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Jamie Lee Curtis announced she would reprise her first film role less than three weeks before allegations against Harvey Weinstein ignited the #MeToo movement (see tweet below). With decades of experience in an industry notorious for sexism, workplace harassment, and worse, she sensed that for women, change was afoot. At Universal Pictures’ Friday evening San Diego Comic-Con (SDCC) presentation, she discussed why her “Halloween” character’s turmoil is as relevant as it gets.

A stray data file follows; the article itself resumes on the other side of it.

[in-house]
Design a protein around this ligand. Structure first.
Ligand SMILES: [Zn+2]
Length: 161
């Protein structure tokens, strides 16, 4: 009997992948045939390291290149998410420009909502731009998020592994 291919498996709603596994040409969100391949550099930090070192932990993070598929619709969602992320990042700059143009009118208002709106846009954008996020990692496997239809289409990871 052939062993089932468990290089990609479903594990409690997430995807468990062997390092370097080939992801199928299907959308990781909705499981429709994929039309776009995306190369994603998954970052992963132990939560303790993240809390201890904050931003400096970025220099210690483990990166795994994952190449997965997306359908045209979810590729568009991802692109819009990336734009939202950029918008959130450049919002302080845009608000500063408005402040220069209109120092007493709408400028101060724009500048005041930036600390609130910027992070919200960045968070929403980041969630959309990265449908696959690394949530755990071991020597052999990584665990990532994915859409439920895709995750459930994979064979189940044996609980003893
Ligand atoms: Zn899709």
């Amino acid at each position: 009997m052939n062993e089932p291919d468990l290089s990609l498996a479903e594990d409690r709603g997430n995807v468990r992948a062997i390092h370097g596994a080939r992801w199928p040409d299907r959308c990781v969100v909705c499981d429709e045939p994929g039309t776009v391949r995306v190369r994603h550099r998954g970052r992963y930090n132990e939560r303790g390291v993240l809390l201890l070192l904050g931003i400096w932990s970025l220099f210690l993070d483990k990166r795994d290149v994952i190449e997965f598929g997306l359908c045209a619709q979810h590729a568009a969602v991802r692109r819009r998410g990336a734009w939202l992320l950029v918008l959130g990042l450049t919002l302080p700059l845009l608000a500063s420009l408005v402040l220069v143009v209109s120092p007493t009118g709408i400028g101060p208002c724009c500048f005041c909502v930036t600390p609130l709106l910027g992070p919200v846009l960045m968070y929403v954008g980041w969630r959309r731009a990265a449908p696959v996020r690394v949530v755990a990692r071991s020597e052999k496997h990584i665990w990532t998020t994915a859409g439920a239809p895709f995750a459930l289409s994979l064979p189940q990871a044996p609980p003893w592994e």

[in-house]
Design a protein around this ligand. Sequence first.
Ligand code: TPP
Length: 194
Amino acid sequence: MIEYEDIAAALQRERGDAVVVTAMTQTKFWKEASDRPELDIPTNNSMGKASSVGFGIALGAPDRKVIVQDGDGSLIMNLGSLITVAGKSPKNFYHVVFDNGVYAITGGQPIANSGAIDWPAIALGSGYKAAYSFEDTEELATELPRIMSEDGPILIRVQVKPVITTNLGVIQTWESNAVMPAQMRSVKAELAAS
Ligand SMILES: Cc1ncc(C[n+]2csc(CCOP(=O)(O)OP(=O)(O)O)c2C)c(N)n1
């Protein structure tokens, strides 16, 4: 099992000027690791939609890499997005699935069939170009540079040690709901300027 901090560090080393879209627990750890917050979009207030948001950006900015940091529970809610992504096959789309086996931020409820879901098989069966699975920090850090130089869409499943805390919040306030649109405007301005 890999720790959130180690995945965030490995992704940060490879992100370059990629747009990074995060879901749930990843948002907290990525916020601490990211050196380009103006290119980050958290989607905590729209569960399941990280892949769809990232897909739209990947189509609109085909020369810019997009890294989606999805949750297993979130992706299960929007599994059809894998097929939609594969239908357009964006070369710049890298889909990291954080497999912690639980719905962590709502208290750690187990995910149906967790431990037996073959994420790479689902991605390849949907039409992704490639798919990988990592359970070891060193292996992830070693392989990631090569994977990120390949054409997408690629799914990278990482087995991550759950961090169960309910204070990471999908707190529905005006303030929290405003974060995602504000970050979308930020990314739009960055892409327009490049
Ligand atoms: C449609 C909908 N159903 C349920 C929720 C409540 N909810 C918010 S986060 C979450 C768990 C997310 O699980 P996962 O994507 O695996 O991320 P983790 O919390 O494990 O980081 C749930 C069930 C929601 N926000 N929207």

“Laurie Strode was 17 years old when she was brutally attacked by Michael Myers, a random act of violence that stayed with her her entire life,” she began, joined by co-writer/director Devin Gordon Green, plus producers Jason Blum and Malek Akkad. “This is a girl who — 40 years later — never had any mental health services… She has carried the trauma and PTSD of someone who was attacked randomly. And what was so interesting about the movie that David and company wrote is that what they’re honoring today is that [with] that trauma, there comes a point where you say, ‘I am not my trauma, the narrative of my life is not that I am a victim.’ And this is a woman who’s been waiting 40 years, who faced the person who she knows is coming back, to say, ‘I am going to take back the legacy of my life, I am going to take back my narrative, and you don’t own me anymore.’ And that, weirdly enough, seems to be a...
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